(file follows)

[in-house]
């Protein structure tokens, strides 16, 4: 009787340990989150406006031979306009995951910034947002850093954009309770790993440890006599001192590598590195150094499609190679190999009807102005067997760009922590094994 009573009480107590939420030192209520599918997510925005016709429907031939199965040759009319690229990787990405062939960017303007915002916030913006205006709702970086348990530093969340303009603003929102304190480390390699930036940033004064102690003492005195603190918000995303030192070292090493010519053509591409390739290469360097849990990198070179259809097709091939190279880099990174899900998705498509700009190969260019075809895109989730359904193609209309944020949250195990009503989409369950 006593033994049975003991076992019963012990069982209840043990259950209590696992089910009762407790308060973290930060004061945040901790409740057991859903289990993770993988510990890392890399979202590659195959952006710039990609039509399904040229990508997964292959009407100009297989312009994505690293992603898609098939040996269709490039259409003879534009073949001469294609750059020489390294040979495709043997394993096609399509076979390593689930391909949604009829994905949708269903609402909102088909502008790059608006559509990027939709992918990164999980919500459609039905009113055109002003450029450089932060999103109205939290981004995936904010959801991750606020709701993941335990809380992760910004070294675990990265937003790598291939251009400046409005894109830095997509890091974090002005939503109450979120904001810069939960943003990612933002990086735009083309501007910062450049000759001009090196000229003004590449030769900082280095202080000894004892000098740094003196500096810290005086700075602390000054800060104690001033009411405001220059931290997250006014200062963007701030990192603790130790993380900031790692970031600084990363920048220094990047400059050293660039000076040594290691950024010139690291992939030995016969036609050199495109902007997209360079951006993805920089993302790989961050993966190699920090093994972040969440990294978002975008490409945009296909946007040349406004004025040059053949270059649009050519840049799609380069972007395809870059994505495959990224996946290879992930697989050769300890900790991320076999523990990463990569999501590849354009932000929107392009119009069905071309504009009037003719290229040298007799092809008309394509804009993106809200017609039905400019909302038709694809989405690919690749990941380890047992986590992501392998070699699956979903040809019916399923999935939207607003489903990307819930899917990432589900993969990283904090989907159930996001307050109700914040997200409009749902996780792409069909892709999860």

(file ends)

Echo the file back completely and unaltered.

[in-house]
């Protein structure tokens, strides 16, 4: 009787340990989150406006031979306009995951910034947002850093954009309770790993440890006599001192590598590195150094499609190679190999009807102005067997760009922590094994 009573009480107590939420030192209520599918997510925005016709429907031939199965040759009319690229990787990405062939960017303007915002916030913006205006709702970086348990530093969340303009603003929102304190480390390699930036940033004064102690003492005195603190918000995303030192070292090493010519053509591409390739290469360097849990990198070179259809097709091939190279880099990174899900998705498509700009190969260019075809895109989730359904193609209309944020949250195990009503989409369950 006593033994049975003991076992019963012990069982209840043990259950209590696992089910009762407790308060973290930060004061945040901790409740057991859903289990993770993988510990890392890399979202590659195959952006710039990609039509399904040229990508997964292959009407100009297989312009994505690293992603898609098939040996269709490039259409003879534009073949001469294609750059020489390294040979495709043997394993096609399509076979390593689930391909949604009829994905949708269903609402909102088909502008790059608006559509990027939709992918990164999980919500459609039905009113055109002003450029450089932060999103109205939290981004995936904010959801991750606020709701993941335990809380992760910004070294675990990265937003790598291939251009400046409005894109830095997509890091974090002005939503109450979120904001810069939960943003990612933002990086735009083309501007910062450049000759001009090196000229003004590449030769900082280095202080000894004892000098740094003196500096810290005086700075602390000054800060104690001033009411405001220059931290997250006014200062963007701030990192603790130790993380900031790692970031600084990363920048220094990047400059050293660039000076040594290691950024010139690291992939030995016969036609050199495109902007997209360079951006993805920089993302790989961050993966190699920090093994972040969440990294978002975008490409945009296909946007040349406004004025040059053949270059649009050519840049799609380069972007395809870059994505495959990224996946290879992930697989050769300890900790991320076999523990990463990569999501590849354009932000929107392009119009069905071309504009009037003719290229040298007799092809008309394509804009993106809200017609039905400019909302038709694809989405690919690749990941380890047992986590992501392998070699699956979903040809019916399923999935939207607003489903990307819930899917990432589900993969990283904090989907159930996001307050109700914040997200409009749902996780792409069909892709999860």